Online Community Business Forum in Santa Fe 2008
Tags: camp, forum one, ocbf08, ocbf2008, ocu08, Online Community, ravi mehta, scott moore, Social Networking, unconference, virtual community
I’m writing up my notes incredibly late for this event, primarily because I ended up with a free evening and some thoughts on the gathering. One thing that is obvious after going to multiple events organized by Forum One is the nature of the ongoing community around these small conferences. Any successful run of conferences tends to create a community of regulars, and in this case they are regulars who know and care about how online community works. I’ve been fortunate to be on quite a run of attending Forum one events. The chicken and the egg of course is that I really enjoy the people who come back, as well as the new voices and thinkers who turn up.
I had thought I might be out of town this summer for another in the series, but last minute changes made it possible to sign up for the next one, the Online Community Unconference, next week. Last year’s unconf was terrific, and I can’t wait for this one. An unconference has the advantage of being almost utterly flexible, allowing all kinds of formats. Visionary presentations given to a handful or a crowd of other event-goers. Open round-robin discussions or brainstorms of any size addressing specific issues. Little breakout conversations that are the conference, and that others may wander into. An unconference will not be terribly interesting if there is not a lot of experience, enthusiasm and intelligence in the room at the start, and that’s why the community that has formed around all the Forum One conferences (including the more formal and the informal unconferences) leads to such satisfying events. It’s all about all the interesting and interested people there. So what did we talk about?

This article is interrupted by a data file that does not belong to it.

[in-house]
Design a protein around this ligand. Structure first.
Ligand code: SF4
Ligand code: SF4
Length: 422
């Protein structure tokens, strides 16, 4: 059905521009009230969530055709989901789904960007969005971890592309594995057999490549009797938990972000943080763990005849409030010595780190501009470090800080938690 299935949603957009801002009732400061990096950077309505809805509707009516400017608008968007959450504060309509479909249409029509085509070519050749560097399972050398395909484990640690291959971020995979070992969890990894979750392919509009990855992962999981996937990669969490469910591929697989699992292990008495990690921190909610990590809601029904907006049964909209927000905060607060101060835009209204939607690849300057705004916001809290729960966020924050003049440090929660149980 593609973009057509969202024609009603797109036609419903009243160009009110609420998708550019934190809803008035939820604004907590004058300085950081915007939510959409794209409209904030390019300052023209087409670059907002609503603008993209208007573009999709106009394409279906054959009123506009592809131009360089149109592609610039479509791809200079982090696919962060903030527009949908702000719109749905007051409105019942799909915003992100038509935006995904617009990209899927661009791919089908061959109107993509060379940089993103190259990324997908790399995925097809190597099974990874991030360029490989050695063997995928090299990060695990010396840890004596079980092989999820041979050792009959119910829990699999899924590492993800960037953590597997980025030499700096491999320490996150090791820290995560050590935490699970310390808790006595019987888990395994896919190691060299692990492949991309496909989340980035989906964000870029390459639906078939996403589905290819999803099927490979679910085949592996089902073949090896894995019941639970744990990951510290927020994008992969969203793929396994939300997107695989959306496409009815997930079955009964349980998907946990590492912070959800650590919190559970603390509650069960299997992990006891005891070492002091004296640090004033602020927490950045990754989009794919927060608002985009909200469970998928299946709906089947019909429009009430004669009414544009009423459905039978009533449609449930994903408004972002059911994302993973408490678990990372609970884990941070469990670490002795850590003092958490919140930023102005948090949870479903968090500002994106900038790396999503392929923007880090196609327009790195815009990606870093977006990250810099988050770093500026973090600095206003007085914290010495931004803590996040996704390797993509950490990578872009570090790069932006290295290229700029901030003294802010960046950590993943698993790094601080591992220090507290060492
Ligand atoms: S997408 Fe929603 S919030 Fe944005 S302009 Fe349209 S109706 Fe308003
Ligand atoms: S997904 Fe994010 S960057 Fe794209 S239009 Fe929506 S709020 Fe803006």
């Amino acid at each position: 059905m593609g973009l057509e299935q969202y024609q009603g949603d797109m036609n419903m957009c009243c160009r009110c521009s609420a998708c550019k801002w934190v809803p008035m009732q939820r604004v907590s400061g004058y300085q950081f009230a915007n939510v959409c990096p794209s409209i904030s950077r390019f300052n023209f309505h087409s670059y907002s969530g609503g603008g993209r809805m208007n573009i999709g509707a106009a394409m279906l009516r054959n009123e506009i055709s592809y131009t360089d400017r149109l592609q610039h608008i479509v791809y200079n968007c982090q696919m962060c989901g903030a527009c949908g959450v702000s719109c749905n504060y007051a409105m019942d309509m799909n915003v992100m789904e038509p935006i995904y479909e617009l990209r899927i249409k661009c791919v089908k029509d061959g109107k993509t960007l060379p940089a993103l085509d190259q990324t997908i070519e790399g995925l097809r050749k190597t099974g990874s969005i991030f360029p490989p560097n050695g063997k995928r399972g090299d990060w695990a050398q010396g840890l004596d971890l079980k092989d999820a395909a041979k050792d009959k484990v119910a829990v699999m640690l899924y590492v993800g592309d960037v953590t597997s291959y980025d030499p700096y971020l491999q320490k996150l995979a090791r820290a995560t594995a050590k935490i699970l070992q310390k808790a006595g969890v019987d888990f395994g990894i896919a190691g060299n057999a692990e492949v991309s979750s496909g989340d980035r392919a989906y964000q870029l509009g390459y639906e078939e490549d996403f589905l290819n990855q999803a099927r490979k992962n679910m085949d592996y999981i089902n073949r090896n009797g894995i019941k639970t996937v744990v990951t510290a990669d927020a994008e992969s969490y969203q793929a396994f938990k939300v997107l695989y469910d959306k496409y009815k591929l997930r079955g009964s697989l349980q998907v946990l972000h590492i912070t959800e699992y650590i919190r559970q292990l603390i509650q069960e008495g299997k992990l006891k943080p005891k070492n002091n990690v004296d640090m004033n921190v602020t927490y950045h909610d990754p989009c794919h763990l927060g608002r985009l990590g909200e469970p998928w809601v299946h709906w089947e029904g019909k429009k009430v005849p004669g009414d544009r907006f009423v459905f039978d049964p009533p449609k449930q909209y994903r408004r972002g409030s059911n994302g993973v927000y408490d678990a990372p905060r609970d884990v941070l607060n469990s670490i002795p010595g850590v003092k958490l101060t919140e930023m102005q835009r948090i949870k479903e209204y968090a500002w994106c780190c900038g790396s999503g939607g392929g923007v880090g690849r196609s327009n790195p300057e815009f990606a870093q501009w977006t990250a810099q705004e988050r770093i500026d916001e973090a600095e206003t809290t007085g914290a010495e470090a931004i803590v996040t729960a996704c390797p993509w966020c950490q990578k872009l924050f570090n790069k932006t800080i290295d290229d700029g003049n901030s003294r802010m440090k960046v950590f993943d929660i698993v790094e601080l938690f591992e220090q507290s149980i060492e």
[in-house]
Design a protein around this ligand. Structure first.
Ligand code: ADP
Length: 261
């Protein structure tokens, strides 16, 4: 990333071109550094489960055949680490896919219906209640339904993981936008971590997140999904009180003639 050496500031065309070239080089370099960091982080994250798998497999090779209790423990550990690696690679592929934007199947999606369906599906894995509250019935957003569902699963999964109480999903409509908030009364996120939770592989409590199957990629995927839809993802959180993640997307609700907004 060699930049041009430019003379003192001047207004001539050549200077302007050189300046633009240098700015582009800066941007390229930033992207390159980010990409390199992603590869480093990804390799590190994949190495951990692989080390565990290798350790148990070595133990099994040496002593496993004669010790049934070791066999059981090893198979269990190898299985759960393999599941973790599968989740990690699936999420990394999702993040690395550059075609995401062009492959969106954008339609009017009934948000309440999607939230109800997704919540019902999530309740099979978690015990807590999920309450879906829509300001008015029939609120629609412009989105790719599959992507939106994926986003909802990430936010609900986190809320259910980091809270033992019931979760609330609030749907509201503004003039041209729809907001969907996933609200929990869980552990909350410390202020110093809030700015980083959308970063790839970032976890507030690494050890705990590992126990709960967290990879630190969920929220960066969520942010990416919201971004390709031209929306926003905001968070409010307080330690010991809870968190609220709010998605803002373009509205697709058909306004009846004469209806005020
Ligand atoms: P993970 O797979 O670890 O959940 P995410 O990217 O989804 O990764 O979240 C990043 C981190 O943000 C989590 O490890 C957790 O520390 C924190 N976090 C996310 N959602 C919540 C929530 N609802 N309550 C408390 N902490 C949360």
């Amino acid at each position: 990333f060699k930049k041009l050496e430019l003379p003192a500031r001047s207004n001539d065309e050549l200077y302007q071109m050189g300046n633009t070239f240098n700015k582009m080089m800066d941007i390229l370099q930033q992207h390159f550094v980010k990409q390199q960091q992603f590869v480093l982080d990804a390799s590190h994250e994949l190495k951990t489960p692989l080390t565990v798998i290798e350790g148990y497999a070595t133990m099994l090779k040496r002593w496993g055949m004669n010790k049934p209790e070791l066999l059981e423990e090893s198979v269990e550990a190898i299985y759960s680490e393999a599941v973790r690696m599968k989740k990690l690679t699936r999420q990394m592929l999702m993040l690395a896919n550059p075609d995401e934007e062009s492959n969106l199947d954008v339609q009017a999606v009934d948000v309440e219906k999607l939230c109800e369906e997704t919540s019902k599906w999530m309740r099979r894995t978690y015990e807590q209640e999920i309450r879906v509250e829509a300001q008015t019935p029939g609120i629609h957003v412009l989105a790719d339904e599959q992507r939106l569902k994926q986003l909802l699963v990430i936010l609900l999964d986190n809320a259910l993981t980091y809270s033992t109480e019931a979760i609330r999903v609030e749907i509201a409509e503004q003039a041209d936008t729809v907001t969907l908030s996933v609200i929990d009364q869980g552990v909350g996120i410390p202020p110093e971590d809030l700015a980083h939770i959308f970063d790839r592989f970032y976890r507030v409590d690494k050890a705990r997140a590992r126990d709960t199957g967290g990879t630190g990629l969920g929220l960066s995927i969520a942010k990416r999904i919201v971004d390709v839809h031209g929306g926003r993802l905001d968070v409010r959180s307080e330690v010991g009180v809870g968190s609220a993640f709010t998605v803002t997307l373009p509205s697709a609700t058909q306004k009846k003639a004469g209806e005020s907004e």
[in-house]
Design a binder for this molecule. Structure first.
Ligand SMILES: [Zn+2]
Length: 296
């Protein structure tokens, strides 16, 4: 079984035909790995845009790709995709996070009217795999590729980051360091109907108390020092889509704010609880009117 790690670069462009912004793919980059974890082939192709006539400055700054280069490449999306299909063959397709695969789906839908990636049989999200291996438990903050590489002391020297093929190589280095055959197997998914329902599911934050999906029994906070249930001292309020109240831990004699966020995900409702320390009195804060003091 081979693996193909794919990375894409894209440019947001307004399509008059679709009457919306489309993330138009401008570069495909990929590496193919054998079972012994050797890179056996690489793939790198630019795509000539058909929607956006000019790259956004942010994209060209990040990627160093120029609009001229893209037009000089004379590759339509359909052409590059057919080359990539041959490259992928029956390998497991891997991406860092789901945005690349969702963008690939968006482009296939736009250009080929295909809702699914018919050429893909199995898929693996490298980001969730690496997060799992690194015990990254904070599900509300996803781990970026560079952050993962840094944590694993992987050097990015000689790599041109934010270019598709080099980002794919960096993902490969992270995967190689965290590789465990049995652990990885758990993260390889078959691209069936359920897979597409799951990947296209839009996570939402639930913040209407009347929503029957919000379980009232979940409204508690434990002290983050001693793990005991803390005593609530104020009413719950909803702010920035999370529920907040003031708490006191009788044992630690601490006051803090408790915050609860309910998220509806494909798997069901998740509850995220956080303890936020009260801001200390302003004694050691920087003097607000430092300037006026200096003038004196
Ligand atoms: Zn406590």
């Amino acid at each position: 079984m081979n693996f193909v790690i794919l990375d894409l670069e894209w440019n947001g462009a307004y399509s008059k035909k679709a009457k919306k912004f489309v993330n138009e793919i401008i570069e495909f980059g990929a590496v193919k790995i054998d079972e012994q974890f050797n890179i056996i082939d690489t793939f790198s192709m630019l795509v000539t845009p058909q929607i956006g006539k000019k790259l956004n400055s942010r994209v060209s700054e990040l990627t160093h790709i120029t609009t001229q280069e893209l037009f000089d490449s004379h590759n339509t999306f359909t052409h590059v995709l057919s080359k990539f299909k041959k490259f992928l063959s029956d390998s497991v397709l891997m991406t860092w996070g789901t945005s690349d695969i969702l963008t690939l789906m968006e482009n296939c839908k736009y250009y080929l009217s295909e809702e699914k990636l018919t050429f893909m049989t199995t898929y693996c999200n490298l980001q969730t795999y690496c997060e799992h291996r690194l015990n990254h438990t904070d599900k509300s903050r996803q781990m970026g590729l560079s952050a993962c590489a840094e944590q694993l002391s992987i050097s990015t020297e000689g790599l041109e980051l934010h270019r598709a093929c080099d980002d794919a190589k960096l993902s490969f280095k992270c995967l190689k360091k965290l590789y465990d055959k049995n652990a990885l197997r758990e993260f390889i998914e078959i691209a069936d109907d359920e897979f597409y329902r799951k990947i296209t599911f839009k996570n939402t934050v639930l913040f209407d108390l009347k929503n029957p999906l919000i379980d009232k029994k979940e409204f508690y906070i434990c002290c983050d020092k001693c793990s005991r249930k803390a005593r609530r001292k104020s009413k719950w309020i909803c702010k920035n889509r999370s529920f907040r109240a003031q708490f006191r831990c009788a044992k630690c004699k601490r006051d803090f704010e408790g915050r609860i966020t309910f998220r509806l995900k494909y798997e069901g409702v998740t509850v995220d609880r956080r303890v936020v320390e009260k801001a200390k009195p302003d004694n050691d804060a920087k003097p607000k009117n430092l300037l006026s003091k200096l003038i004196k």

There was a lot to enjoy at OCBF Santa Fe, aside from the gorgeous exotic desert quality of the place itself:
The presentations were full of fascinating examples of the commerce side of providing homes to people to play, learn and otherwise congregate. Here, for a flavor, is one slide about virtual gifts:
Scott Moore and I co-led a session that started by asking for problems from community practitioners, then called for various answers from the group. This was the kind of session that could continue for hours, and the knowledge and questions in the room were truly remarkable. Do I have good notes of what came up? No, but I was soaking it all in. And it’s just what I’m looking forward to at the Unconference. If you’ll be there let me know.